Australian Coalition’s secret “net zero” deal points to intensifying political crisis

After extraordinary backroom haggling for nearly two weeks, Australia’s Liberal-National government claimed on Sunday to have reached an “in-principle” agreement between the two coalition partners on achieving net zero carbon emissions by 2050, but refuses to release any details of the deal.

The secret pact was finally accepted by a narrow majority of the Nationals’ 21 members of parliament after another marathon closed-door party room meeting on Sunday, just days before Prime Minister Scott Morrison was due to fly to Glasgow for the latest international climate change conference.

That it took so long for the fractured Nationals, a party based on mining and agri-business interests, to work out an arrangement with the Liberals, based on the financial elite, speaks to the government’s fragility and the broader instability of the entire political establishment, which has been wracked by the fall of one government after another since 2007.

Morrison threatened to go to Glasgow without the Nationals’ support, a move that could have shattered the Coalition. That forced Deputy Prime Minister and Nationals’ leader Barnaby Joyce to push a pact through Sunday’s meeting, despite deliberately making it known that he opposed the “net zero” commitment.

Both Morrison and Joyce have refused point-blank to provide any information about their agreement, deliberately keeping the public in the dark. “The details of that negotiated settlement will remain private,” Joyce told reporters.

The protracted impasse over the net zero pledge was all the more remarkable because when Morrison released a “plan” on Tuesday outlining how the government proposed to meet the target by 2050, the document was a patent sham. It contained no new policies and no economic modelling.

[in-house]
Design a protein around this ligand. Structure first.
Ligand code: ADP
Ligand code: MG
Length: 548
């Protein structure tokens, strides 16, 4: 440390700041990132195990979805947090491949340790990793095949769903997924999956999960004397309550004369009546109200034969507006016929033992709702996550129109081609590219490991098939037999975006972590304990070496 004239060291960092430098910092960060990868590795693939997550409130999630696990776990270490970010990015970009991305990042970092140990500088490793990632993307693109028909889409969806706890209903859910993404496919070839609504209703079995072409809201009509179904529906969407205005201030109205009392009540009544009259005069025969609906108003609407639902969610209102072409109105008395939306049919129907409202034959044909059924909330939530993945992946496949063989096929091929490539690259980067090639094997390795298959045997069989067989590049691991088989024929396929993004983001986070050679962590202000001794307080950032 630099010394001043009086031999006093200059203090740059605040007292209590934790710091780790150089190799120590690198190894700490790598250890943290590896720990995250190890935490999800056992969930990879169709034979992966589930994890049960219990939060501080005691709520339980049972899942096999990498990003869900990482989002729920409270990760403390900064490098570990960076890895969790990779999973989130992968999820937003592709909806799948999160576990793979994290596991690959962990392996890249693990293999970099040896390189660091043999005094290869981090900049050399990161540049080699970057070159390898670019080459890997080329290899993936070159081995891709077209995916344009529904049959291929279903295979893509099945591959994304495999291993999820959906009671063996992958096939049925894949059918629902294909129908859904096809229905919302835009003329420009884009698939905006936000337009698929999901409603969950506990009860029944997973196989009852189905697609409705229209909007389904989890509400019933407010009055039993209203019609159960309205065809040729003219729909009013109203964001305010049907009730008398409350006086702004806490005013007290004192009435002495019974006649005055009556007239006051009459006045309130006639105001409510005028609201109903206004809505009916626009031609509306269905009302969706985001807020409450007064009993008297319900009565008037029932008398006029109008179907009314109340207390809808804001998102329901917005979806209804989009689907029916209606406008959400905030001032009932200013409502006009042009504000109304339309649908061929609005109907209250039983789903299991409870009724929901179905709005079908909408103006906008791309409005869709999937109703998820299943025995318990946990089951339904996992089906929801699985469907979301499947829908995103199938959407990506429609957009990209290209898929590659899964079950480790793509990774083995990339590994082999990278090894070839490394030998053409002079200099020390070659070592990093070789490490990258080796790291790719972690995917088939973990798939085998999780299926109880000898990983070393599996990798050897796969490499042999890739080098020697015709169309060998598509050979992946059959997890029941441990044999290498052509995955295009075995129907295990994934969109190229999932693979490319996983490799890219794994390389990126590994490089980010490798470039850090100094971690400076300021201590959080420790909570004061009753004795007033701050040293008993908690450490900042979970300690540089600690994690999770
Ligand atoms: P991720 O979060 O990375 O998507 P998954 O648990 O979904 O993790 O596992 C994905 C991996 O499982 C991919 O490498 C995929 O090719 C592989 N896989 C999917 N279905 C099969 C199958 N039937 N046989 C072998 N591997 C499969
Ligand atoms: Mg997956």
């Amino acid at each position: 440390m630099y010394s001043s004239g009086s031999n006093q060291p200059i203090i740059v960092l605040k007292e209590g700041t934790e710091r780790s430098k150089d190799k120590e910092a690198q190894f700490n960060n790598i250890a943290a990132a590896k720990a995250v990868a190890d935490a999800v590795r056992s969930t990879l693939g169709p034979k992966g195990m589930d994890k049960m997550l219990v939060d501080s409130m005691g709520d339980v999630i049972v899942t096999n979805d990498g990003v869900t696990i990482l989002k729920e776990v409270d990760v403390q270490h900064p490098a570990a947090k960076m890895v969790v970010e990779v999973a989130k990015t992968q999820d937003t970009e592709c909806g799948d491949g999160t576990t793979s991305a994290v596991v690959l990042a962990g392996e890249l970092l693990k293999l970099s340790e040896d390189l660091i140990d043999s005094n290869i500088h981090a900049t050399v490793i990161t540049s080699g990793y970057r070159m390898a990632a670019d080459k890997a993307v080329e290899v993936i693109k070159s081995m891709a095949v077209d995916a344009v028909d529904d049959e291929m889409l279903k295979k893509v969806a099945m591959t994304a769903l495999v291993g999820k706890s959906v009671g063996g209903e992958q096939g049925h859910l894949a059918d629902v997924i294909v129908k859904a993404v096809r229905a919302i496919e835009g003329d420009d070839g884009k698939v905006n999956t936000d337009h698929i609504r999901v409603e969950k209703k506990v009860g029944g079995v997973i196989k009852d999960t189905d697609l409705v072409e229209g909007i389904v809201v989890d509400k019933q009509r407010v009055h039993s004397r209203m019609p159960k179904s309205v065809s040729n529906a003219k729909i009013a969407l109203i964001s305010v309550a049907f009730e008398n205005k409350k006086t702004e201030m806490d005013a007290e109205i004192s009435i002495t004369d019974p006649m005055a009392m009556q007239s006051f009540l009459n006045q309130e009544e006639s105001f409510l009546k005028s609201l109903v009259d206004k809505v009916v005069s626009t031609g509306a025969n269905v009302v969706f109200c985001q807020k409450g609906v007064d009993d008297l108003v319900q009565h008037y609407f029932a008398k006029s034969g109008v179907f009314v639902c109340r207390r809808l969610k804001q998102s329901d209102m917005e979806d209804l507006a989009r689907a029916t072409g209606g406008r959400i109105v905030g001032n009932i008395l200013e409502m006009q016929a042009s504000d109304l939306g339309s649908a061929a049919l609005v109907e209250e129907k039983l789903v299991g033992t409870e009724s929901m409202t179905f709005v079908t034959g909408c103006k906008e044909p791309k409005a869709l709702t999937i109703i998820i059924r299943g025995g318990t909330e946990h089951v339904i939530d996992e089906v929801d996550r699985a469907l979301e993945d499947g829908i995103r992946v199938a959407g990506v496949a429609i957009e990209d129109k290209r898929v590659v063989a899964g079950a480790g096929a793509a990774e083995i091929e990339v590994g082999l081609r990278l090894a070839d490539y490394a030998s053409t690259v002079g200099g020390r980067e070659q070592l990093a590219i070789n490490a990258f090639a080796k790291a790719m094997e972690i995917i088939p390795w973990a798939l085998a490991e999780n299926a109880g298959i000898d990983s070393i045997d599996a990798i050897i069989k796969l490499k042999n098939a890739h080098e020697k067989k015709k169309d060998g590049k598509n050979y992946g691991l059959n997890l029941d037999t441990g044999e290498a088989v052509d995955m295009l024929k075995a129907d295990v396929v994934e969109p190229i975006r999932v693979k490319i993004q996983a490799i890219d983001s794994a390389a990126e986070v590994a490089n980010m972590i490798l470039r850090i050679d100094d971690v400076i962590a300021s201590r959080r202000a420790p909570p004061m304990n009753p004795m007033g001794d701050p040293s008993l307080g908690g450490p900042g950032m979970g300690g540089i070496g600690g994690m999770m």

All the proposed emission reductions are to come from massive existing government subsidies to big business, unproven technologies such as carbon-capture and storage, or unknown future technologies (see: “Australian government announces sham net zero carbon emissions climate target“).

Three aspects of the concessions made to the Nationals are known. First, they were given an extra seat in the government’s bloated 24-member cabinet, to be occupied by Resources Minister Keith Pitt, a vehement opponent of the net zero promise. Second, the Productivity Commission will conduct reviews every five years to assess the impact of the pledge on rural industries.

Third, Morrison ruled out raising the government’s target of only trimming emissions by 26 to 28 percent by 2030. That was despite a new warning by the United Nations World Meteorological Organization that the current rate of increase in heat-trapping gases would result in temperature rises “far in excess” of even the limited 2015 Paris Agreement target of 1.5 degrees Celsius above the pre-industrial average this century.

Some of the trade-offs handed to the Nationals have not been approved by the cabinet, so the deal could still unravel. The Liberals’ Energy and Emissions Reduction Minister Angus Taylor told the Australian Broadcasting Corporation on Tuesday night that various measures would be made public only after cabinet had given them the green light.

In spruiking the government’s “plan” yesterday, Morrison was at pains to insist that it would not affect the coal and gas mining and exports on which the resources companies, as well as the federal and state governments and the capitalist class as a whole, depend heavily for revenues and profits.

“There’s no blank cheques here,” Morrison said. “It will not shut down our coal or gas production or exports… It will not cost jobs, not in farming, mining or gas, because what we’re doing in this plan is positive things, enabling things.”

None of this has anything to do with a sudden concern by the government for global warming’s existential threat to the planet and human civilisation.